Decreased plasma L-arginine levels in organic acidurias (MMA and PA) and decreased plasma branched-chain amino acid levels in urea cycle disorders as a potential cause of growth retardation: Options for treatment

Femke Molema, Florian Gleich, Peter Burgard, Ans T. van der Ploeg, Marshall L. Summar, Kimberly A. Chapman, Allan M. Lund, Dimitris Rizopoulos, Stefan Kölker, Monique Williams, F. Hörster, A. M. Jelsig, P. de Lonlay, F. A. Wijburg, A. Bosch, P. Freisinger, R. Posset, P. Augoustides-Savvopoulou, P. Avram, C. DeleanuM. R. Baumgartner, J. Häberle, J. Blasco-Alonso, A. B. Burlina, L. Rubert, A. Garcia Cazorla, E. Cortes I. Saladelafont, C. Dionisi-Vici, D. Martinelli, D. Dobbelaere, K. Mention, S. Grünewald, A. Chakrapani, Wuh-Liang Hwu, Yin-Hsiu Chien, Ni-Chung Lee, D. Karall, S. Scholl-Bürgi, C. de Laet, S. Matsumoto, L. de Meirleir, M. Schiff, L. Peña-Quintana, M. Djordjevic, A. Sarajlija, J. Sykut-Cegielska, A. Wisniewska, E. Leao-Teles, S. Alves, Additional individual contributors from E-IMD, F. A. Wijburg, R. Vara, Inmaculada Vives Piñera, D. Gil-Ortega, A. Morris, J. Zeman, Tomas Honzik, Brigitte Chabrol, F. Arnaudo, A. Cano, N. Thompson, François Eyskens, Martin Lindner, N. Lüsebrink, Anil Jalan, Etienne Sokal, V. Legros, Marie-Cecile Nassogne, Ivo Barić

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Background and aim: Patients with methylmalonic acidemia (MMA) and propionic acidemia (PA) and urea cycle disorders (UCD), treated with a protein restricted diet, are prone to growth failure. To obtain optimal growth and thereby efficacious protein incorporation, a diet containing the essential and functional amino acids for growth is necessary. Optimal growth will result in improved protein tolerance and possibly a decrease in the number of decompensations. It thus needs to be determined if amino acid deficiencies are associated with the growth retardation in these patient groups. We studied the correlations between plasma L-arginine levels, plasma branched chain amino acids (BCAA: L-isoleucine, L-leucine and L-valine) levels (amino acids known to influence growth), and height in MMA/PA and UCD patients. Methods: We analyzed data from longitudinal visits made in stable metabolic periods by patients registered at the European Registry and Network for Intoxication Type Metabolic Diseases (E-IMD, Chafea no. 2010 12 01). Results: In total, 263 MMA/PA and 311 UCD patients were included, all aged below 18 years of age. In patients with MMA and PA, height z-score was positively associated with patients' natural-protein-to-energy prescription ratio and their plasma L-valine and L-arginine levels, while negatively associated with the amount of synthetic protein prescription and their age at visit. In all UCDs combined, height z-score was positively associated with the natural-protein-to-energy prescription ratio. In those with carbamylphosphate synthetase 1 deficiency (CPS1-D), those with male ornithine transcarbamylase deficiency (OTC-D), and those in the hyperornithinemia-hyperammonemia-homocitrullinuria (HHH) syndrome subgroup, height z-score was positively associated with patients' plasma L-leucine levels. In those with argininosuccinate synthetase deficiency (ASS-D) and argininosuccinate lyase deficiency (ASL-D), height was positively associated with patients' plasma L-valine levels. Conclusion: Plasma L-arginine and L-valine levels in MMA/PA patients and plasma L-leucine and L-valine levels in UCD patients, as well as the protein-to-energy prescription ratio in both groups were positively associated with height. Optimization of these plasma amino acid levels is essential to support normal growth and increase protein tolerance in these disorders. Consequently this could improve the protein-to-energy intake ratio.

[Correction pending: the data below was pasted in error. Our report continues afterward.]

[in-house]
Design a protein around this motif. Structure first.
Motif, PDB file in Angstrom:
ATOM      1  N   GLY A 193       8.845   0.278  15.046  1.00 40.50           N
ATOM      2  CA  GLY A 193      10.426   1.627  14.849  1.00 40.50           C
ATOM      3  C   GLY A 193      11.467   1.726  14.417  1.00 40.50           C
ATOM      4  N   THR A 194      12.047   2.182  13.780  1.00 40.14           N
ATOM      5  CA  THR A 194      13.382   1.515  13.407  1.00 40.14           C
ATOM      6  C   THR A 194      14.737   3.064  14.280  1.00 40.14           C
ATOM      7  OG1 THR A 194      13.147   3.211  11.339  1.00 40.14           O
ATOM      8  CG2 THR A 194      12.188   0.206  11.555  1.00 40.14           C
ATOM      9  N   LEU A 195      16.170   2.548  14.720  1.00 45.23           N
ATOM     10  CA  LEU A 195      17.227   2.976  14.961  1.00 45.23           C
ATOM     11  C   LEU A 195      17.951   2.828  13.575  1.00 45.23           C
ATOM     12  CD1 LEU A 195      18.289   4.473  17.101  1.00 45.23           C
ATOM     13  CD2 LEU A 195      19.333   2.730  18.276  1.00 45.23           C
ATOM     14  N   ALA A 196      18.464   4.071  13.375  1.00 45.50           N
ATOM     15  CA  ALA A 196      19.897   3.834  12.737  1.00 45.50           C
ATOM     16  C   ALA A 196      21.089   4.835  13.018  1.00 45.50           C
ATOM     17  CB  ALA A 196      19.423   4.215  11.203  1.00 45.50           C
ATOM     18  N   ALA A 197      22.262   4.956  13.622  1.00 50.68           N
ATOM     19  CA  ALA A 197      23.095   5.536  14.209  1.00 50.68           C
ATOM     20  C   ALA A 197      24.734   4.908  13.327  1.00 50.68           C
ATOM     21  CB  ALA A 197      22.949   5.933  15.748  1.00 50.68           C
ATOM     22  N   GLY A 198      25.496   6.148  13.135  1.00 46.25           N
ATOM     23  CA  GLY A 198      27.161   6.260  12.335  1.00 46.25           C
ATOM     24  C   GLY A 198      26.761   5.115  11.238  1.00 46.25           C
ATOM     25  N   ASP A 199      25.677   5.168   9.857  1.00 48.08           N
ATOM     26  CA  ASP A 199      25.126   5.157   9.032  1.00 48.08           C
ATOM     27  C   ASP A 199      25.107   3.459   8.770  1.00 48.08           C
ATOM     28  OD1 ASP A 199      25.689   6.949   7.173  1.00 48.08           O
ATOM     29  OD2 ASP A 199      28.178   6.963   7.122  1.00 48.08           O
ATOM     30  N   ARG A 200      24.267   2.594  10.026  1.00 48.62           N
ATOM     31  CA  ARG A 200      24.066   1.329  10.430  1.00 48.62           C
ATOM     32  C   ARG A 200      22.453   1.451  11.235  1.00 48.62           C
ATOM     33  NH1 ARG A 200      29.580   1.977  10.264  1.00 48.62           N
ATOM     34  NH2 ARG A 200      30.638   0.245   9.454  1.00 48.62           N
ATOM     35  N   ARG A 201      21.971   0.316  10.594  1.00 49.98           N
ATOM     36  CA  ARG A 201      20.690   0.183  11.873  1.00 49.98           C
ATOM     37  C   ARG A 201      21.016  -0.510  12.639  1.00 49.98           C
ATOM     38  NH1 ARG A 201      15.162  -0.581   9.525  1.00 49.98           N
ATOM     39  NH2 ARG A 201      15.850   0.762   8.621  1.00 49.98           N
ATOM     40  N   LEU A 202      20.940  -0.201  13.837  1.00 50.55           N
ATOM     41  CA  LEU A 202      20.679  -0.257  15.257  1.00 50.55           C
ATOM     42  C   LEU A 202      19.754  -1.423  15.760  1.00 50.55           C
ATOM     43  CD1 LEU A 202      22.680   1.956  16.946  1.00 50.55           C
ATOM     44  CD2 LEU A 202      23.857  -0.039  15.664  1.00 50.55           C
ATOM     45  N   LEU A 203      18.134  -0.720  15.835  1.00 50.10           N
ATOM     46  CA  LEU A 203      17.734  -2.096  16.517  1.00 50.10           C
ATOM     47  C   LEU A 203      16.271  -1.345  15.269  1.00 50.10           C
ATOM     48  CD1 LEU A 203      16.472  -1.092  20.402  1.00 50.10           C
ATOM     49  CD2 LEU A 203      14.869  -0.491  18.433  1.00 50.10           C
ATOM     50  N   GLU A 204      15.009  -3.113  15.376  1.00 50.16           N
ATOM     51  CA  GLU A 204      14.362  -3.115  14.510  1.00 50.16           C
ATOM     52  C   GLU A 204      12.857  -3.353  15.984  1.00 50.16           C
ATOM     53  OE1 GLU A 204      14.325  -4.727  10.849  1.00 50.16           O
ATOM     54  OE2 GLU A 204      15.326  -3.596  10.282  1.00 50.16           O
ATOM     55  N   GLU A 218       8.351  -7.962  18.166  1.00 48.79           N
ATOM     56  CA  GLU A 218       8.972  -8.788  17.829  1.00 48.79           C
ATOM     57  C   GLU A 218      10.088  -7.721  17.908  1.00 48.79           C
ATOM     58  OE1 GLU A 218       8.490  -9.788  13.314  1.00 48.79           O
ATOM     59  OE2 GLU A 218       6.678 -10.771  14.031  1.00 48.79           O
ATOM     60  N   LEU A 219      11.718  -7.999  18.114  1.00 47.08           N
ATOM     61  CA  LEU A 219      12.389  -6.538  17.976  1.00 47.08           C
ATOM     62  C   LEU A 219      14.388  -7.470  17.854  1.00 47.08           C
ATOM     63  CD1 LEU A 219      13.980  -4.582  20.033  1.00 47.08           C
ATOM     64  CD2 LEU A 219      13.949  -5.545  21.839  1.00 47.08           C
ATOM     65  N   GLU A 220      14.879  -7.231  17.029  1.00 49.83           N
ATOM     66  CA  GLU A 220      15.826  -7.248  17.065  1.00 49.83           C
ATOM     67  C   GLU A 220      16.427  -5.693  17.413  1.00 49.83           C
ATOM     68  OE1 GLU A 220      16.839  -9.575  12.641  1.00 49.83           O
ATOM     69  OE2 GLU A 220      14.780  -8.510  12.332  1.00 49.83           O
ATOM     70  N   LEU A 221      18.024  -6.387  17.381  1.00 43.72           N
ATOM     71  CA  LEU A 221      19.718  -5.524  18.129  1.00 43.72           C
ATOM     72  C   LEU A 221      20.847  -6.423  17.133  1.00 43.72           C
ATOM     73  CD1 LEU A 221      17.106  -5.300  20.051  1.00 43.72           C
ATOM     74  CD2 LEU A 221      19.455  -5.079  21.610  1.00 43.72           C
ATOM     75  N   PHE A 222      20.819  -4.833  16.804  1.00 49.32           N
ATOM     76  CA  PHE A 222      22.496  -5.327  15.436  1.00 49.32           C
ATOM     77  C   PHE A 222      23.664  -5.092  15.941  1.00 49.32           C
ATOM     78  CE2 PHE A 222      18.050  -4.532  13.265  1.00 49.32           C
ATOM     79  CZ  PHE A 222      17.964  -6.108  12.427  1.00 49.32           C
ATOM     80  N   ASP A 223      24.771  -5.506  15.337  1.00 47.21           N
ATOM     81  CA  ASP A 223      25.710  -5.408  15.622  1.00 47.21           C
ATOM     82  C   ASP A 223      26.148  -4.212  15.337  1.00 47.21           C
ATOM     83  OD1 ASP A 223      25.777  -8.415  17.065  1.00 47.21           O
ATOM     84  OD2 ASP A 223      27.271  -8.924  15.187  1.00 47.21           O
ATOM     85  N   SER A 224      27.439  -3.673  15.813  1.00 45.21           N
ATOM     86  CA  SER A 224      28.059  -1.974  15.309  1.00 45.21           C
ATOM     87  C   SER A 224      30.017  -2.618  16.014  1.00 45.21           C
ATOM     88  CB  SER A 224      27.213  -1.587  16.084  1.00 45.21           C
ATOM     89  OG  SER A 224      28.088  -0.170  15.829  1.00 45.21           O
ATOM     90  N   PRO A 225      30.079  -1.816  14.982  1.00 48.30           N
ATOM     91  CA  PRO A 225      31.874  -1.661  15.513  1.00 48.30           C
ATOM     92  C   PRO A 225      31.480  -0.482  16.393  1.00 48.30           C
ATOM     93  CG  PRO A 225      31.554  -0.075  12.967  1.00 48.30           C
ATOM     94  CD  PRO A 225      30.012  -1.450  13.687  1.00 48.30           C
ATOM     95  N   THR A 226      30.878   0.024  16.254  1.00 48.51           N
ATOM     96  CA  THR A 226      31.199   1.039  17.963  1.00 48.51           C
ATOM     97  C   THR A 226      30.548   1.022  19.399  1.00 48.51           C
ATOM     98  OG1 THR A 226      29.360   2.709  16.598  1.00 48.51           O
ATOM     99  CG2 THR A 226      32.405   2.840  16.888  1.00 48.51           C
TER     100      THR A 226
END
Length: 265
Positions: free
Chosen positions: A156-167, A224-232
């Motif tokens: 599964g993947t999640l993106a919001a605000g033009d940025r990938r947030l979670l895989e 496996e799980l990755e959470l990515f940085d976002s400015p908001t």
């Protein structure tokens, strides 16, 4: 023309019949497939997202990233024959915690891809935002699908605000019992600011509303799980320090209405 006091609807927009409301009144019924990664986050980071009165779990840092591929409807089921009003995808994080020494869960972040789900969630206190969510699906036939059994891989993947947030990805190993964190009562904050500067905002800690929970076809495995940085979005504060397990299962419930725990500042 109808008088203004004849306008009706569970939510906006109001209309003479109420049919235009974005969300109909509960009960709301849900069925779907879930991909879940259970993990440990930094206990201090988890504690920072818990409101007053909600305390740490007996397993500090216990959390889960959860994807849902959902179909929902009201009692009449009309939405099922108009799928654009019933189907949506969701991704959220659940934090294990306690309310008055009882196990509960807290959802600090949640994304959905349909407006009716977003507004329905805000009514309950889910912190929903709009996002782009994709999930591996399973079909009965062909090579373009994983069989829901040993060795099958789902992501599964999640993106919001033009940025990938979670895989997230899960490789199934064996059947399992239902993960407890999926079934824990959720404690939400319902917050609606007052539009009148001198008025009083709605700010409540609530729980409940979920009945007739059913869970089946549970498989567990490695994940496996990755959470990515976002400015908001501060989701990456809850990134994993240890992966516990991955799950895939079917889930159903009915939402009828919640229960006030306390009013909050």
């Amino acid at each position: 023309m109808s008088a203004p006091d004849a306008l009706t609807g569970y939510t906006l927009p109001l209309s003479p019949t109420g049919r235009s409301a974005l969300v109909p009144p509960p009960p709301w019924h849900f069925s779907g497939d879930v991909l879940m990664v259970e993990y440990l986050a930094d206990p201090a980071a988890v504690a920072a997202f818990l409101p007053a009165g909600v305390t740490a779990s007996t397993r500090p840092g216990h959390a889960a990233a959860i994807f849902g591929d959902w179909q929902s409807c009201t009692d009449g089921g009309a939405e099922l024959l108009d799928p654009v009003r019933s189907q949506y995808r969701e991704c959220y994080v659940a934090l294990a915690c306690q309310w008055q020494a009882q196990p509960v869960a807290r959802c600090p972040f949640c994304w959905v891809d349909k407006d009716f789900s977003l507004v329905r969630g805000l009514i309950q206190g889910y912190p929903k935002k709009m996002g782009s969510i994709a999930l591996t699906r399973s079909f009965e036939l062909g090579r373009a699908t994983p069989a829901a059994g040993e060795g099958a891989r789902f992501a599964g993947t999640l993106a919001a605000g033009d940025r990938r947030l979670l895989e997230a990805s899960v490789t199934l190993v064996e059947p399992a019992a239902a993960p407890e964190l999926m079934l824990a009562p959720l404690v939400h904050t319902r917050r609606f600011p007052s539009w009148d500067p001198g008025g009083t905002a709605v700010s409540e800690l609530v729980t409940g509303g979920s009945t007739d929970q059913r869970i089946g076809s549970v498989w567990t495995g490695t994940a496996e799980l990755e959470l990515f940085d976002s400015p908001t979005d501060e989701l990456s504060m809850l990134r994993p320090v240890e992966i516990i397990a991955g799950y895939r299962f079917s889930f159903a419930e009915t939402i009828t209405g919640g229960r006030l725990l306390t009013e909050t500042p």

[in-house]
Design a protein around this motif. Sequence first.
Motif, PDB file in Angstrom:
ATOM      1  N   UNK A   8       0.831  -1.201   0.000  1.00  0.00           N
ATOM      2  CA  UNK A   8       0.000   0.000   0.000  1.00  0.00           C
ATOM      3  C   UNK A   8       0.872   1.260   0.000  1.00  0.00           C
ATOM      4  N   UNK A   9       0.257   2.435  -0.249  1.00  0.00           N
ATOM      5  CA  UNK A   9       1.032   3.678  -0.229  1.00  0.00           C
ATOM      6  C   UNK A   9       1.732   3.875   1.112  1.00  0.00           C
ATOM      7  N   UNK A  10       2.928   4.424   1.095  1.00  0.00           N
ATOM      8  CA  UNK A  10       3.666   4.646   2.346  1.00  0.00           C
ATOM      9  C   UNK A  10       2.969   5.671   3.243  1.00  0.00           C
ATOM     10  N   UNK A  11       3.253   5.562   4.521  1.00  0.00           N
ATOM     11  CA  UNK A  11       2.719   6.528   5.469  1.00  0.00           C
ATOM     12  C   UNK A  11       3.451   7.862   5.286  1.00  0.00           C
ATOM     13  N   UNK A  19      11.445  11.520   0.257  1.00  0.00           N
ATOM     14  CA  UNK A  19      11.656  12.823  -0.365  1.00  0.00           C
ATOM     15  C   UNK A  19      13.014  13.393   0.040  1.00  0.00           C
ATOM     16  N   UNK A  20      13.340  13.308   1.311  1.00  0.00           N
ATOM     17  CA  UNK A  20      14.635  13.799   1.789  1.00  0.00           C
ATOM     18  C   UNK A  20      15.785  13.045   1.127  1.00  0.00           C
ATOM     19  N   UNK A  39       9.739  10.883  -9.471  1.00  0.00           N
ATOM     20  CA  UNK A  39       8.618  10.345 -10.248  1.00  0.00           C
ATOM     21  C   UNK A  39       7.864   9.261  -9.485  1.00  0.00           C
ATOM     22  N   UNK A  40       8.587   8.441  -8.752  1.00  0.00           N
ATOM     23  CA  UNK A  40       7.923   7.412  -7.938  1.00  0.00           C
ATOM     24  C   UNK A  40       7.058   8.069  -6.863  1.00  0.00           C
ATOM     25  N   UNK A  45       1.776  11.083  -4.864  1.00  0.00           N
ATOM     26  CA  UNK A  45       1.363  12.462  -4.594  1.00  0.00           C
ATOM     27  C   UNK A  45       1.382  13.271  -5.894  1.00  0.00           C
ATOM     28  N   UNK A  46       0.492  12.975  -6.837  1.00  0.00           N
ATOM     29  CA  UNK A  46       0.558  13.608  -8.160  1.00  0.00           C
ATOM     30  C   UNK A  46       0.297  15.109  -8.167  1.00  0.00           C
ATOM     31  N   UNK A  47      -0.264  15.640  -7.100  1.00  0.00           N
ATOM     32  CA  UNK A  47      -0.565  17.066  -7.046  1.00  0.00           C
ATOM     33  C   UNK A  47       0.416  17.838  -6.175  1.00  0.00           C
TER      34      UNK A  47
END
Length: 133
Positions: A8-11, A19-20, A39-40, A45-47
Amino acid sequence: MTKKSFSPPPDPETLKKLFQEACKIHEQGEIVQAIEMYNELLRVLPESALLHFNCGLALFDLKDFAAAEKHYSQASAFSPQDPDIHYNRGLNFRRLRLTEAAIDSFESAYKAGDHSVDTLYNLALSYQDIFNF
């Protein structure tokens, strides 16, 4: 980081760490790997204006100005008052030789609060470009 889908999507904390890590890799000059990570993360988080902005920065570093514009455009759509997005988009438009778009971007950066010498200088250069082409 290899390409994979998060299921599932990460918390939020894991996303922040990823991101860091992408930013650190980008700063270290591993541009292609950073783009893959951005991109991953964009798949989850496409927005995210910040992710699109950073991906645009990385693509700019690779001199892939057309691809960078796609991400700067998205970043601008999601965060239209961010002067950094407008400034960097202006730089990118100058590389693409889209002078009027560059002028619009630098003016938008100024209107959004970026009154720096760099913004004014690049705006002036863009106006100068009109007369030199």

Original languageEnglish
Pages (from-to)397-405
Number of pages9
JournalMolecular Genetics and Metabolism
Issue number4
Publication statusPublished - 1 Apr 2019

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